David W. Nigg; Devin A. Steuhm

2011-09-01T23:59:59.000Z

263

METHOD OF DEHYDRATING URANIUM TETRAFLUORIDE  

DOE Patents (OSTI)

Drying and dehydration of aqueous-precipitated uranium tetrafluoride are described. The UF/sub 4/ which normally contains 3 to 4% water, is dispersed into the reaction zone of an operating reactor wherein uranium hexafluoride is being reduced to UF/sub 4/ with hydrogen. The water-containing UF/sub 4/ is dried and blended with the UF/sub 4/ produced in the reactor without interfering with the reduction reaction. (AEC)

Davis, J.O.; Fogel, C.C.; Palmer, W.E.

1962-12-18T23:59:59.000Z

264

INEEL/EXT-01-01623 MODULAR PEBBLE-BED REACTOR PROJECT  

E-Print Network (OSTI)

in the early 1990s. Fuel compacts were irradiated at the High Flux Isotope Reactor (HFIR) and the Advanced Test

265

POWER REACTOR  

DOE Patents (OSTI)

A fast nuclear reactor system ls described for producing power and radioactive isotopes. The reactor core is of the heterogeneous, fluid sealed type comprised of vertically arranged elongated tubular fuel elements having vertical coolant passages. The active portion is surrounded by a neutron reflector and a shield. The system includes pumps and heat exchangers for the primary and secondary coolant circuits. The core, primary coolant pump and primary heat exchanger are disposed within an irapenforate tank which is filled with the primary coolant, in this case a liquid metal such as Na or NaK, to completely submerge these elements. The tank is completely surrounded by a thick walled concrete shield. This reactor system utilizes enriched uranium or plutonium as the fissionable material, uranium or thorium as a diluent and thorium or uranium containing less than 0 7% of the U/sup 235/ isotope as a fertile material.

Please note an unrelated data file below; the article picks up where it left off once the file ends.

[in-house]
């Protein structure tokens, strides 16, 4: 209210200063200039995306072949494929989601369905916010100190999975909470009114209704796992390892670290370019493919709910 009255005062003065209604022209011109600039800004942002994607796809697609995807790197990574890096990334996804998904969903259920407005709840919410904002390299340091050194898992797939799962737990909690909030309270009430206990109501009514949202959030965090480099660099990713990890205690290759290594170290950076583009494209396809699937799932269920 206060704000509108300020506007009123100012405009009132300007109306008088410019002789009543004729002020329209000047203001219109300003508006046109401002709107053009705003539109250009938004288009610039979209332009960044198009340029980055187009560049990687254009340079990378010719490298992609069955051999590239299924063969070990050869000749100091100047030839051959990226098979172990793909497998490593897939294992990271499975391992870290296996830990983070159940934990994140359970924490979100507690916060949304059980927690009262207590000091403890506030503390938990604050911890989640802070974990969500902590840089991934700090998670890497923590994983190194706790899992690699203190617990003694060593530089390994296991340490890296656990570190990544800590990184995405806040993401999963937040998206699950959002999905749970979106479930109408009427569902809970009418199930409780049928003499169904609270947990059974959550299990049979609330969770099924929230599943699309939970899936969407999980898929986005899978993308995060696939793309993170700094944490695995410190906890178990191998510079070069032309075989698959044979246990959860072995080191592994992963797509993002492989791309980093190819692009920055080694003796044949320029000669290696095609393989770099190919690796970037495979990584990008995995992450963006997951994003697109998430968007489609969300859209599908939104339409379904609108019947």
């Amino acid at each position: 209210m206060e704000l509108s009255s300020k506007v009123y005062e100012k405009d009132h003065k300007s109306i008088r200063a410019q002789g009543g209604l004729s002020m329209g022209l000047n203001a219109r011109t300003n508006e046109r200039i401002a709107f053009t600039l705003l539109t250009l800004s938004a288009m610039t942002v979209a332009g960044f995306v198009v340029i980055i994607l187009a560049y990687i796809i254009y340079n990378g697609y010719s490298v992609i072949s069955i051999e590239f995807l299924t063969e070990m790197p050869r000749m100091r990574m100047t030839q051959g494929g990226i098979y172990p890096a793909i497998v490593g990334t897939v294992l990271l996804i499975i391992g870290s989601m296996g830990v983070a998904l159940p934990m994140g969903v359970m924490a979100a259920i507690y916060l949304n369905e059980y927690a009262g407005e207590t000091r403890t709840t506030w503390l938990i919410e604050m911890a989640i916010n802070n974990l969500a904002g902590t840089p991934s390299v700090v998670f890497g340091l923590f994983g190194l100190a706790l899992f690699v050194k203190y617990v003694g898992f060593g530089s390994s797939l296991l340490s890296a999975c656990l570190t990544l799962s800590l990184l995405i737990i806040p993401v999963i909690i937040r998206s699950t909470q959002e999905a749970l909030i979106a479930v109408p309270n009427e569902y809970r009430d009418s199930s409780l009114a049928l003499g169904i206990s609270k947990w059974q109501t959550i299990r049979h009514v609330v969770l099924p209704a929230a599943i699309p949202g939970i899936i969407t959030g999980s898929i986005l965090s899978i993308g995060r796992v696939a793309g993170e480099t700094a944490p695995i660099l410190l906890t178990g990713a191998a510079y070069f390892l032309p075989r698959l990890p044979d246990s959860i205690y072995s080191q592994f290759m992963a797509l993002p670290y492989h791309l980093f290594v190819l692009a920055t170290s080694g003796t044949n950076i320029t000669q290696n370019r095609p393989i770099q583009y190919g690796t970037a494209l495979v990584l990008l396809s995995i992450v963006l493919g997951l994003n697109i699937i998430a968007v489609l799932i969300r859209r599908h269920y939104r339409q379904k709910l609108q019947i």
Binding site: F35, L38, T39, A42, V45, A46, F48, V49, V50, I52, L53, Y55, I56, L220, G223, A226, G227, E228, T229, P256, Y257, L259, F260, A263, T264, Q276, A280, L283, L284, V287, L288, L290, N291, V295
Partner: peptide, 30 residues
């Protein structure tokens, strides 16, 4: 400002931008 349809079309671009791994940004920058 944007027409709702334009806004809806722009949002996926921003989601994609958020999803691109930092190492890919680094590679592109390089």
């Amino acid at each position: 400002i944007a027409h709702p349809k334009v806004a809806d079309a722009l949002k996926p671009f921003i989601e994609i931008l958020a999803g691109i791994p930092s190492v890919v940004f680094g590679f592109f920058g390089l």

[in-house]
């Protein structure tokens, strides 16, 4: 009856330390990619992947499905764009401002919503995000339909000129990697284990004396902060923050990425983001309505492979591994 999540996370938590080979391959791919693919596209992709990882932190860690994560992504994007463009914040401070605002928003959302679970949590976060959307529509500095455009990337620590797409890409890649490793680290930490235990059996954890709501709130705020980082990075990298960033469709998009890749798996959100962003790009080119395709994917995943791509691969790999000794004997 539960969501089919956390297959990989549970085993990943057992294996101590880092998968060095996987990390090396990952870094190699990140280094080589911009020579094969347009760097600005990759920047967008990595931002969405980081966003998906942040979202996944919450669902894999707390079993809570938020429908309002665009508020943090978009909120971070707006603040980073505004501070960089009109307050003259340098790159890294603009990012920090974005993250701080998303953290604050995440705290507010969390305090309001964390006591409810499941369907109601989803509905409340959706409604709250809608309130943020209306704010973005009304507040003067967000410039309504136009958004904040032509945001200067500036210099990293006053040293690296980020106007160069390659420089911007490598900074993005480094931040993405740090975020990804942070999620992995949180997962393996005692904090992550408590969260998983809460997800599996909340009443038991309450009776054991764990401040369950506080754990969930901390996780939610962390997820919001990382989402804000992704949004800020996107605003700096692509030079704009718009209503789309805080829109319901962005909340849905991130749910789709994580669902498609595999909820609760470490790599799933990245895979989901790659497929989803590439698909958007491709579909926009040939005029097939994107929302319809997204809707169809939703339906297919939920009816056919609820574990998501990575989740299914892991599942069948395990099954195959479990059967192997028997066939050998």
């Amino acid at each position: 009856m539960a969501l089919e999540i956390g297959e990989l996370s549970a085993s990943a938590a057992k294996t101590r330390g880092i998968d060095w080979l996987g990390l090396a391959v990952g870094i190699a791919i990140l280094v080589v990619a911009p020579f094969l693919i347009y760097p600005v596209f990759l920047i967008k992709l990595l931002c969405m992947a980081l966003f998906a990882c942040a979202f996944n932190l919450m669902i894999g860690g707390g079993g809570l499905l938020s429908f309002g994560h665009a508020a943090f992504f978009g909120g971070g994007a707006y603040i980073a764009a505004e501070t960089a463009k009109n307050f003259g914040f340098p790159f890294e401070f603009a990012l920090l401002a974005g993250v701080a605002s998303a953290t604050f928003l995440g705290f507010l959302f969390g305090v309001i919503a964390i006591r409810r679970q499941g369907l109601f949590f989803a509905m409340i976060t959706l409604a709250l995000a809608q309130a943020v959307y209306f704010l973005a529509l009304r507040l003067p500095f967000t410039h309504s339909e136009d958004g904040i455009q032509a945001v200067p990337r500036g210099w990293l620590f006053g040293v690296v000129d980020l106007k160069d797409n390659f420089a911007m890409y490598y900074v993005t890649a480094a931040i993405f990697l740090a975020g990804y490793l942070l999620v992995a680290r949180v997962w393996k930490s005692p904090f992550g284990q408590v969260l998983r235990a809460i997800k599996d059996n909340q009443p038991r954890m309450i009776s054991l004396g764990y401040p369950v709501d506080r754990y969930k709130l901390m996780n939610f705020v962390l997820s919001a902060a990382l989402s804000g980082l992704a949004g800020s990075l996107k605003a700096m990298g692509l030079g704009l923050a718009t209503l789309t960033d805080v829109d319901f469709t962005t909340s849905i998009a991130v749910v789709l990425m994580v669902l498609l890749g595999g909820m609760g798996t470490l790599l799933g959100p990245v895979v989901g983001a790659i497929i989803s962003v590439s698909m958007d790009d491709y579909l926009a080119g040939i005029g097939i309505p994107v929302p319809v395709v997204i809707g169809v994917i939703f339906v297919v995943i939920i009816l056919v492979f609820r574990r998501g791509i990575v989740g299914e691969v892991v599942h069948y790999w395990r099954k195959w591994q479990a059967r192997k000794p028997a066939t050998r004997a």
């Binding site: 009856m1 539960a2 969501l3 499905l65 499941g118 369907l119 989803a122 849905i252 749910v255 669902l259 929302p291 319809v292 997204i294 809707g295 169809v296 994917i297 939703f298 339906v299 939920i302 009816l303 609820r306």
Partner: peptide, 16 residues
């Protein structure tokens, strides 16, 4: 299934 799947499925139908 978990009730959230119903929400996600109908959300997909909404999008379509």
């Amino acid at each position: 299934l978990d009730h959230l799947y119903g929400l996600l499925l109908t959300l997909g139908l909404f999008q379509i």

Zinn, W.H.

1958-07-01T23:59:59.000Z

266

BWRVIP-44-A: BWR Vessel and Internals Project: Underwater Weld Repair of Nickel Alloy Reactor Vessel Internals  

Science Conference Proceedings (OSTI)

The Boiling Water Reactor Vessel and Internals Project (BWRVIP), formed in June 1994, is an association of utilities focused exclusively on BWR vessel and internals issues. This report describes work performed to qualify a flux-core welding process for use in repairing reactor internals at a water depth of up to 50 feet. A previous version of this report was published as BWRVIP-44 (EPRI report TR-108708). The current report, BWRVIP-44-A, incorporates changes proposed by the BWRVIP in response to U.S. Nuc...

2006-08-16T23:59:59.000Z

267

Final environmental assessment for the U.S. Department of Energy, Oak Ridge Operations receipt and storage of uranium materials from the Fernald Environmental Management Project site  

Science Conference Proceedings (OSTI)

Through a series of material transfers and sales agreements over the past 6 to 8 years, the Fernald Environmental Management Project (FEMP) has reduced its nuclear material inventory from 14,500 to approximately 6,800 metric tons of uranium (MTU). This effort is part of the US Department of energy`s (DOE`s) decision to change the mission of the FEMP site; it is currently shut down and the site is being remediated. This EA focuses on the receipt and storage of uranium materials at various DOE-ORO sites. The packaging and transportation of FEMP uranium material has been evaluated in previous NEPA and other environmental evaluations. A summary of these evaluation efforts is included as Appendix A. The material would be packaged in US Department of Transportation-approved shipping containers and removed from the FEMP site and transported to another site for storage. The Ohio Field Office will assume responsibility for environmental analyses and documentation for packaging and transport of the material as part of the remediation of the site, and ORO is preparing this EA for receipt and storage at one or more sites.

NONE

1999-06-01T23:59:59.000Z

268

Selective Extraction of Uranium from Liquid or Supercritical Carbon Dioxide  

SciTech Connect